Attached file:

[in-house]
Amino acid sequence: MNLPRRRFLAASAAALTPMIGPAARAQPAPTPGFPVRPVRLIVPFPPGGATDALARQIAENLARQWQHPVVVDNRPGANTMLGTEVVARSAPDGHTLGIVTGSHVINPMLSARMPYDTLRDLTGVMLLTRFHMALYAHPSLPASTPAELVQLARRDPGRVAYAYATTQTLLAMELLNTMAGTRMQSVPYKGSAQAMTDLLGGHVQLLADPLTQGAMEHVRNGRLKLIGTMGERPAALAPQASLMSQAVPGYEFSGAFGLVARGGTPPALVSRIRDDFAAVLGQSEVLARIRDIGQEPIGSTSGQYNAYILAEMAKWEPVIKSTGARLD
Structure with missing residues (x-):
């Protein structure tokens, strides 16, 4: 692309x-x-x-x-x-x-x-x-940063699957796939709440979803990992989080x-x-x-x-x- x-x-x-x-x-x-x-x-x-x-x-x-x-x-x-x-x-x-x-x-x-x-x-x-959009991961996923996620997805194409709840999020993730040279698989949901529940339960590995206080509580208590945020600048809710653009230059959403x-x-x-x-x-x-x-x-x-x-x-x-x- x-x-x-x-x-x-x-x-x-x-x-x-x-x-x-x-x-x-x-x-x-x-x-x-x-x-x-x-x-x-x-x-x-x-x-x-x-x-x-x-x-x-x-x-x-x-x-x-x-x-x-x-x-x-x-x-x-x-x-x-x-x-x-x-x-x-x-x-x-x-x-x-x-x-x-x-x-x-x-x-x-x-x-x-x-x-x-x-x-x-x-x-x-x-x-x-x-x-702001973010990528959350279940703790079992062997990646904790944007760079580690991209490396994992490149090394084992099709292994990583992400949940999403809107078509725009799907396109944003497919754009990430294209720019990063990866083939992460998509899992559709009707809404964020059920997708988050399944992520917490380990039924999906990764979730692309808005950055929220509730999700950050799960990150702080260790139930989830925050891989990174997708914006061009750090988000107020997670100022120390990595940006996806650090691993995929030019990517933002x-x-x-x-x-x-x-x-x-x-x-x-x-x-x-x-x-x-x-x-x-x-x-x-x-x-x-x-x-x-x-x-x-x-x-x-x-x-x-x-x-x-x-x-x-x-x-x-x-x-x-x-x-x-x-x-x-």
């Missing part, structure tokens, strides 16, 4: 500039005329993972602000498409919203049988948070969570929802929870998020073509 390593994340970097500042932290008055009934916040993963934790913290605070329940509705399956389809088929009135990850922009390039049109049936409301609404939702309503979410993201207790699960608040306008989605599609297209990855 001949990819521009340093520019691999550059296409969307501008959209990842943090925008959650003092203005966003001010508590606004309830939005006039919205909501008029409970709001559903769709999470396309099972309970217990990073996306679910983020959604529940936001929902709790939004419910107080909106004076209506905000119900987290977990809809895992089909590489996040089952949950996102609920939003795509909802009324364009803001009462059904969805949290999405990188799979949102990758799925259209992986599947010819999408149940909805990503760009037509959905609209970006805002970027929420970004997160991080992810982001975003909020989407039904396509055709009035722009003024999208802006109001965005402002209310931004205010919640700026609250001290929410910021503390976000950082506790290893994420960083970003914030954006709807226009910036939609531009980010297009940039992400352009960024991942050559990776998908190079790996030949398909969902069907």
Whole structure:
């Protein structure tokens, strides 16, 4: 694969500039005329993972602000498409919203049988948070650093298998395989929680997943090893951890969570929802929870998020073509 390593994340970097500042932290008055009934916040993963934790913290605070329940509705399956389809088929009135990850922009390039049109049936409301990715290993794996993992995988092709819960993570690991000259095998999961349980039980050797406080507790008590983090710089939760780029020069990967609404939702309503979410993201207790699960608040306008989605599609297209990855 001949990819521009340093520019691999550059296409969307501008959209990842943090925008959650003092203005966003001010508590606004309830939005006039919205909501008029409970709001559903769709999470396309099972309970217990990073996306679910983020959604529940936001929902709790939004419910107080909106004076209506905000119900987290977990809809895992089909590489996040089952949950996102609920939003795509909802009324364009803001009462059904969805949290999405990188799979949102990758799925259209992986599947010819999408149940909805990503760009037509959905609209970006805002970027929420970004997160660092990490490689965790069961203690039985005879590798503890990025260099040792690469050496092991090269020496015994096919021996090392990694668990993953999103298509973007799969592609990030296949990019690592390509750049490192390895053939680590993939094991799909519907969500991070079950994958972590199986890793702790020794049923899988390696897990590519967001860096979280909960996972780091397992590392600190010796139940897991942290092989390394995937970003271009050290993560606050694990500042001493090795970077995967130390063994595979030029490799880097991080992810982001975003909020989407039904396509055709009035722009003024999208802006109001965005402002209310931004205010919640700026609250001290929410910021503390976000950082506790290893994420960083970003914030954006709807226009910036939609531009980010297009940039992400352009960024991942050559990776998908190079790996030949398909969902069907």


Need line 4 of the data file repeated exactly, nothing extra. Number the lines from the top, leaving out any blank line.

């Protein structure tokens, strides 16, 4: 692309x-x-x-x-x-x-x-x-940063699957796939709440979803990992989080x-x-x-x-x- x-x-x-x-x-x-x-x-x-x-x-x-x-x-x-x-x-x-x-x-x-x-x-x-959009991961996923996620997805194409709840999020993730040279698989949901529940339960590995206080509580208590945020600048809710653009230059959403x-x-x-x-x-x-x-x-x-x-x-x-x- x-x-x-x-x-x-x-x-x-x-x-x-x-x-x-x-x-x-x-x-x-x-x-x-x-x-x-x-x-x-x-x-x-x-x-x-x-x-x-x-x-x-x-x-x-x-x-x-x-x-x-x-x-x-x-x-x-x-x-x-x-x-x-x-x-x-x-x-x-x-x-x-x-x-x-x-x-x-x-x-x-x-x-x-x-x-x-x-x-x-x-x-x-x-x-x-x-x-702001973010990528959350279940703790079992062997990646904790944007760079580690991209490396994992490149090394084992099709292994990583992400949940999403809107078509725009799907396109944003497919754009990430294209720019990063990866083939992460998509899992559709009707809404964020059920997708988050399944992520917490380990039924999906990764979730692309808005950055929220509730999700950050799960990150702080260790139930989830925050891989990174997708914006061009750090988000107020997670100022120390990595940006996806650090691993995929030019990517933002x-x-x-x-x-x-x-x-x-x-x-x-x-x-x-x-x-x-x-x-x-x-x-x-x-x-x-x-x-x-x-x-x-x-x-x-x-x-x-x-x-x-x-x-x-x-x-x-x-x-x-x-x-x-x-x-x-």